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    This is how not to do healthcare


    The resulting legislation, while well-meaning, had unintended consequences that could have been predicted by addiction specialists. However, physicians were not invited to the table to discuss solutions to this burgeoning epidemic, because we were seen as part of the problem. In Kentucky, the governor formed a task force, which did not include a single physician, to develop solutions, thus leading to Kentucky House Bill 1 (HB 1).

    As a result of HB 1, physician attitudes transitioned from fear of undertreating pain to fear of overprescribing pain medications, sanctions from the medical board and potential loss of license. Many physicians, who received almost zero training on the disease of addiction, abruptly stopped prescribing opioids, discharged chronic pain patients from their practice, and/or referred to pain specialists who would later discharge patients for positive drug screens positive for marijuana. Other physicians pre-screened patients by using prescription drug monitoring programs (PDMPs) and simply refused to accept any patients suspected of having dependence and/or addiction to opioids.


    RELATED BLOG: America's self-inflicted opioid crisis


    During this phase, patients, including Jamie, turned to pain pills on the black market and eventually, cheaper heroin in order to find relief from withdrawal symptoms caused by abrupt cessation of prescribed pain meds. Jamie was unlucky enough to be susceptible to addiction genetically and also due to her environment as a child. When she started using heroin, her addiction escalated quickly and she eventually injected the drug. Fortunately, she did get help several years ago and entered a methadone treatment program. She remained in recovery on methadone for four years, working, taking care of her kids and owning a car, until she was arrested on an old warrant. Methadone was not allowed in jail, so she endured a very painful detox. Maybe she deserved to be incarcerated for her crime that undoubtedly occurred when she was in active addiction, but did she deserve to remain on a medication that saved her life or did she deserve to suffer excruciating withdrawal symptoms? Jamie was sober while incarcerated, but addiction is a chronic brain disease, and she relapsed after her release.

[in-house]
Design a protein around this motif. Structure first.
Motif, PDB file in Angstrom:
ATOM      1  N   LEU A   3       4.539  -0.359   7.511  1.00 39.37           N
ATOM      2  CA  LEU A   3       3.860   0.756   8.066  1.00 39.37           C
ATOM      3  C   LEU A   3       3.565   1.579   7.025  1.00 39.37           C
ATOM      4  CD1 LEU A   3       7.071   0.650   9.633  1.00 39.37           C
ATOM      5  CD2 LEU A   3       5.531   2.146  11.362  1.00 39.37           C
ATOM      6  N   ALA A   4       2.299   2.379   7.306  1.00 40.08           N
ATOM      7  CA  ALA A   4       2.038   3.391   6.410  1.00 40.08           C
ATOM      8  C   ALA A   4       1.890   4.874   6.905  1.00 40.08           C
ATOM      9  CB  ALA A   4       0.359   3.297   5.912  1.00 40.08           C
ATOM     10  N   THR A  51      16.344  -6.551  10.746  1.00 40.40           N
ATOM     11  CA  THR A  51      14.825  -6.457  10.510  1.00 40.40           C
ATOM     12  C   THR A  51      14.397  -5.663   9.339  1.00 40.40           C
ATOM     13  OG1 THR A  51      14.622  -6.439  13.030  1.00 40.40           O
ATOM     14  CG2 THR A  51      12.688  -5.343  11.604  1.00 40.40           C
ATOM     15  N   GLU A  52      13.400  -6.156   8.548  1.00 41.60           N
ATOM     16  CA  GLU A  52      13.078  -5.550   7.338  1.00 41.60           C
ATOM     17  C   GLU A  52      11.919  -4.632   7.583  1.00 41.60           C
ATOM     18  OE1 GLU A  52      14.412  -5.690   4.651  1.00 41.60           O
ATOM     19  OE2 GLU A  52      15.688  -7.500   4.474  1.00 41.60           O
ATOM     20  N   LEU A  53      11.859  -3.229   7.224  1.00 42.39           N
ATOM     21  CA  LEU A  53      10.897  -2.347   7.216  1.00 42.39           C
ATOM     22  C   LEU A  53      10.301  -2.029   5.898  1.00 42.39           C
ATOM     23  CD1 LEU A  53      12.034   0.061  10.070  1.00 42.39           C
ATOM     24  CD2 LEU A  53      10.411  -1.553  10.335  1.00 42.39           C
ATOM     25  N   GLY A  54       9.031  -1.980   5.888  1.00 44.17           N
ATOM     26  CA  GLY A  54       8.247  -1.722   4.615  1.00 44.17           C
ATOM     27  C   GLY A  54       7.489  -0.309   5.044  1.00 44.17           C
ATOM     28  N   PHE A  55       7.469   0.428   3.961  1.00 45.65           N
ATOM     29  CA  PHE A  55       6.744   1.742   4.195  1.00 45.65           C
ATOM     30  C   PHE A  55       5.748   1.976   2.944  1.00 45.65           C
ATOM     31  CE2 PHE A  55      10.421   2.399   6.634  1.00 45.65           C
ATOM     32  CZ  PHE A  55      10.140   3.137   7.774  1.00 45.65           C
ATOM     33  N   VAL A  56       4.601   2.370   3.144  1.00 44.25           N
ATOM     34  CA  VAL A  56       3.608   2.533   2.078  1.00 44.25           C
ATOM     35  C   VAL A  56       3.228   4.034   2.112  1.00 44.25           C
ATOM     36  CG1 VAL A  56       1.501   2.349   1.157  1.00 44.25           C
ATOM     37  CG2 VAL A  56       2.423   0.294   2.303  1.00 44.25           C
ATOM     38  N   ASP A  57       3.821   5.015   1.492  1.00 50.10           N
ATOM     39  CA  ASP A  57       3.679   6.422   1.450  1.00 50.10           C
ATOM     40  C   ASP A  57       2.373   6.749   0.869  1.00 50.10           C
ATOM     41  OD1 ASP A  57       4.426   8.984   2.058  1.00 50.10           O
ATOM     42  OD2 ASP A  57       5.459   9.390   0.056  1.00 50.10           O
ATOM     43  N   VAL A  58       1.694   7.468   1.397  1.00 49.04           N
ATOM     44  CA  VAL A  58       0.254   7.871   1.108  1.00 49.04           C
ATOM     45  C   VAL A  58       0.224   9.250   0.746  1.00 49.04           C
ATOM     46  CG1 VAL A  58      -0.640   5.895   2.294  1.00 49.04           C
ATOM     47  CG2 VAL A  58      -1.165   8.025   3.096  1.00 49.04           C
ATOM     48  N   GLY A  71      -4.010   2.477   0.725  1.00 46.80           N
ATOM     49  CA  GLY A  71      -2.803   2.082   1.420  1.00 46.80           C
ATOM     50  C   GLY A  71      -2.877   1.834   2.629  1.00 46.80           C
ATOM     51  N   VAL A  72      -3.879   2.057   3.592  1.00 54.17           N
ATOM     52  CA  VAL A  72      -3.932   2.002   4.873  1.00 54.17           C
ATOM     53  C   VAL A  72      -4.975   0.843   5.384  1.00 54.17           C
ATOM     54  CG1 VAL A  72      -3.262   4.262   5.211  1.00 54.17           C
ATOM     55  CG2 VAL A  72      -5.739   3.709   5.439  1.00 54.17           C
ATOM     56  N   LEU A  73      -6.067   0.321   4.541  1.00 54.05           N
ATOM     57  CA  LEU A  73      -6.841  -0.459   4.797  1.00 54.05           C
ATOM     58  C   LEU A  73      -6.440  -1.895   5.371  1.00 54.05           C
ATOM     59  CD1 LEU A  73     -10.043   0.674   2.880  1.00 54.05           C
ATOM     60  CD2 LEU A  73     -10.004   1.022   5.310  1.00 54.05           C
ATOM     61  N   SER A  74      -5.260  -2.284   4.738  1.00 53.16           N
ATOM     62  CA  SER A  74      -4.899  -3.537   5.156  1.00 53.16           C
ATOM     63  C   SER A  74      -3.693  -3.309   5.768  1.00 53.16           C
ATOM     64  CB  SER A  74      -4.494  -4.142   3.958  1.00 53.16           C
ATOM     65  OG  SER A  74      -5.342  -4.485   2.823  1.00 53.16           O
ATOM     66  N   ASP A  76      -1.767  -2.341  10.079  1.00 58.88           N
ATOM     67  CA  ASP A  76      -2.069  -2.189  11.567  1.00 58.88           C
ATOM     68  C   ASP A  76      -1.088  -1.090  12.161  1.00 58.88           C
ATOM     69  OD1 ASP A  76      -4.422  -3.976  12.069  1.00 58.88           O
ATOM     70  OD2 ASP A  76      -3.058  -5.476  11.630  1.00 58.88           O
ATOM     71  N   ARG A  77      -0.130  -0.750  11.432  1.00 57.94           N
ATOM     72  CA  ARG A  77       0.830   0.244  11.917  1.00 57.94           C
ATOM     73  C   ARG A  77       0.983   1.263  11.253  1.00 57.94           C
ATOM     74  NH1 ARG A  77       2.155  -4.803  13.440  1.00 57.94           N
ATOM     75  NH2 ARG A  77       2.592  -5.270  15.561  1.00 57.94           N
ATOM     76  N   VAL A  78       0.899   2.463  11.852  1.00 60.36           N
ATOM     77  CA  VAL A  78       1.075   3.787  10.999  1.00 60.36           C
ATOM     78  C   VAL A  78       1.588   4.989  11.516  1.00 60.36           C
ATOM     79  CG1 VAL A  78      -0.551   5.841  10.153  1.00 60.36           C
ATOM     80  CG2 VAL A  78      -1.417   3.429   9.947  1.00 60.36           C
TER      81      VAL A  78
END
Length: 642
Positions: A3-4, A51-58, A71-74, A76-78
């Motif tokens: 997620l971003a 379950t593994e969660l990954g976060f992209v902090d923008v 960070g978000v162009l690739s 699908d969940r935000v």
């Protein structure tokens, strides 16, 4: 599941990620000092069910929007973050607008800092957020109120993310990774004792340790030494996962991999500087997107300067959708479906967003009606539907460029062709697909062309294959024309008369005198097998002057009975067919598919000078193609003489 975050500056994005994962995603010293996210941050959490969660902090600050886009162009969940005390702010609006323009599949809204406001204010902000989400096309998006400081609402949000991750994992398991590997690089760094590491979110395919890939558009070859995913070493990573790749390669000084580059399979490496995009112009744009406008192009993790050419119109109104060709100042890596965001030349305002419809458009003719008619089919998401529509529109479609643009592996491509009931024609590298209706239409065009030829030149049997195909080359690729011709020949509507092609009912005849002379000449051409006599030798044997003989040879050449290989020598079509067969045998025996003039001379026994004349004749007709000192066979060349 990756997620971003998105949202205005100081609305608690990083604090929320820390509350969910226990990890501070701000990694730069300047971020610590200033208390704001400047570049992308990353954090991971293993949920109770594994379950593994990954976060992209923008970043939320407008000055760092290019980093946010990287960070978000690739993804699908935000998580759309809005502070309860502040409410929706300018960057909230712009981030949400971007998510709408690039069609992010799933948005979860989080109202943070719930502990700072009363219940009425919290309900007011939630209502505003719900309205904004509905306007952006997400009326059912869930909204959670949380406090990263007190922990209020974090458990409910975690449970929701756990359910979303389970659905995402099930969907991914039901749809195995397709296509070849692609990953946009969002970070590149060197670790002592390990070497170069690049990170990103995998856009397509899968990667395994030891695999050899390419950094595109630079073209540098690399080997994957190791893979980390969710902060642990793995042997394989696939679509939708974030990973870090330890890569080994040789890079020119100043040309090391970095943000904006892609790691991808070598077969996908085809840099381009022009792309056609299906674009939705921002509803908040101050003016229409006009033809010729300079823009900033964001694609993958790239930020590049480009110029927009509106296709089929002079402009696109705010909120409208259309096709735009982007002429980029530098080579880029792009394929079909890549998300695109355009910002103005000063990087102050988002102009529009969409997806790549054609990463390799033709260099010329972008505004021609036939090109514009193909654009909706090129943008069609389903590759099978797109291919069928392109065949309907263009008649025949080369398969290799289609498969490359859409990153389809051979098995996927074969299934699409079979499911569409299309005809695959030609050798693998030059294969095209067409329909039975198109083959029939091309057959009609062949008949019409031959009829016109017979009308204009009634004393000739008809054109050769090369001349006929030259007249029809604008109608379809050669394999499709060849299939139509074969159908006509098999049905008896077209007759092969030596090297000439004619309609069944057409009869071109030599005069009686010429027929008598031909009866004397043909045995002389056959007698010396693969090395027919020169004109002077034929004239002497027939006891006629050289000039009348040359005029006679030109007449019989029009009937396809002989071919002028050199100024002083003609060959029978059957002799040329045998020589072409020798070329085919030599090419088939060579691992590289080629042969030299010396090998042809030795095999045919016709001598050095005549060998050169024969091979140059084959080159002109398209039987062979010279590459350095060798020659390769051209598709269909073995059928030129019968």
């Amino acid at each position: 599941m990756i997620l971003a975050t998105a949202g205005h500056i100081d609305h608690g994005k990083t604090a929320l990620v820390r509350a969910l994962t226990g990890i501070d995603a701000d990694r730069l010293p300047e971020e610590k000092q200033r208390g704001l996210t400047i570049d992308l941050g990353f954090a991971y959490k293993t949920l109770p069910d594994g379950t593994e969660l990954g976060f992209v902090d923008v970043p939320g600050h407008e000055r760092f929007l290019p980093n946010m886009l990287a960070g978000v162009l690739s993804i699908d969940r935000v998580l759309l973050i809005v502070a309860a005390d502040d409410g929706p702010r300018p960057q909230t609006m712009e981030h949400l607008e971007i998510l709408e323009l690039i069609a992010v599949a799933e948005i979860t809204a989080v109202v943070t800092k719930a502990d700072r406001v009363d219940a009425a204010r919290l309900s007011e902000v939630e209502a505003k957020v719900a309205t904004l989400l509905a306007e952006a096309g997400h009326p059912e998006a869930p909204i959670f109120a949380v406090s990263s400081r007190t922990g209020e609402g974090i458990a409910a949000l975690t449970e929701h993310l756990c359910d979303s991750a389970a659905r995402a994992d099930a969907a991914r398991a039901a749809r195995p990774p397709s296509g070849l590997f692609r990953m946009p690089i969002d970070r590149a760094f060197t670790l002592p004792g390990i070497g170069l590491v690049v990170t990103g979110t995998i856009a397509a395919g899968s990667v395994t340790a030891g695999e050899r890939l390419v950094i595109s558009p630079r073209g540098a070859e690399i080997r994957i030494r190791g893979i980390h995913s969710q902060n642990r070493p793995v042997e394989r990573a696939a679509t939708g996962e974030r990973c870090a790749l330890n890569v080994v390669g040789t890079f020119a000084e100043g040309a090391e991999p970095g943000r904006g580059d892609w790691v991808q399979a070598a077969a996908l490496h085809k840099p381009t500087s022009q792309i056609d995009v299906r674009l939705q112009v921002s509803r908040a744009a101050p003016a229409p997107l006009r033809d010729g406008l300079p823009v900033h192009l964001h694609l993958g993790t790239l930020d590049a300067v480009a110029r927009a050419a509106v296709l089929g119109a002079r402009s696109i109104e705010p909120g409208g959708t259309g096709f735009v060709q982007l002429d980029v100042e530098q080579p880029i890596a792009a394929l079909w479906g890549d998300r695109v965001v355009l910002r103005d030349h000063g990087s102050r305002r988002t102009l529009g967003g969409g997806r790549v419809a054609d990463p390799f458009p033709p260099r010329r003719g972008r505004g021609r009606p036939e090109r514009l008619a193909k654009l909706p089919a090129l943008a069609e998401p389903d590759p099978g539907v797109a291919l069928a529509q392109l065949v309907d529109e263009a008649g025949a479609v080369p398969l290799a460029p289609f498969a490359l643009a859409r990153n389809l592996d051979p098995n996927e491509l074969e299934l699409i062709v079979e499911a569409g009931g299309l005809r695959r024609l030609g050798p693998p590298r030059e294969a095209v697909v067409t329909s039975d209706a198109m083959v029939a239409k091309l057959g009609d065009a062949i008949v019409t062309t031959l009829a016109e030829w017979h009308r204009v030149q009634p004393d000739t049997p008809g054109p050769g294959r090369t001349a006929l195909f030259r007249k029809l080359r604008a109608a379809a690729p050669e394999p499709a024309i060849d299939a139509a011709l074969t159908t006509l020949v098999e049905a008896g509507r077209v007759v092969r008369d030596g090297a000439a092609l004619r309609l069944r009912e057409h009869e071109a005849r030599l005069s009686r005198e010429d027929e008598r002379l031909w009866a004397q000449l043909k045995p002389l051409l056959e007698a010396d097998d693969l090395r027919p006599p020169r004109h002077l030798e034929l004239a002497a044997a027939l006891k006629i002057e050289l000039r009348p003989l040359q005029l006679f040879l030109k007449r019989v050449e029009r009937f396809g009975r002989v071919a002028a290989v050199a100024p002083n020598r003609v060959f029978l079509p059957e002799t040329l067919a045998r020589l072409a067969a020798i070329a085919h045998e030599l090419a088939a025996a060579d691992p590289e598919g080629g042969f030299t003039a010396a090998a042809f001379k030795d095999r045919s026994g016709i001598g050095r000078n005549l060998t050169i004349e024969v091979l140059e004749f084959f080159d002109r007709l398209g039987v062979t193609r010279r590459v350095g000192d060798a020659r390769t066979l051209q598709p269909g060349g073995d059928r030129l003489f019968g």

Jamie has Medicaid, managed by a managed care organization (MCO) in Kentucky that does not cover methadone treatment and requires an onerous 10-page prior authorization for buprenorphine/naloxone and very specific, frequent counseling that interferes with a person’s ability to remain employed.

    Last month, Jamie was hospitalized for endocarditis involving three heart valves. She received antibiotic treatment while hospitalized, costing her Medicaid MCO hundreds of thousands of dollars. Her cardiothoracic surgeon refused to replace her valves until she got treatment for her addiction. When I saw Jamie today, she feared for her life.  She knows she needs treatment for her hepatitis C and replacement of her valves in order to survive. Today, she also has an infection on her right leg where she injected heroin. She says she has not shared needles in years, but she does use one needle several times in a row. She does not have a primary care provider. My inclination, as a primary care provider, was to treat her infection, but my contract with this highly regulated methadone clinic dictates that I only treat her addiction with methadone.

    Next:  "It’s time for practical physicians and entrepreneurs to fight for real reform"

    Molly Rutherford, MD
    Dr. Molly Rutherford started her own Direct Primary Care practice, Bluegrass Family Wellness, in Crestwood Kentucky in 2015. She is ...


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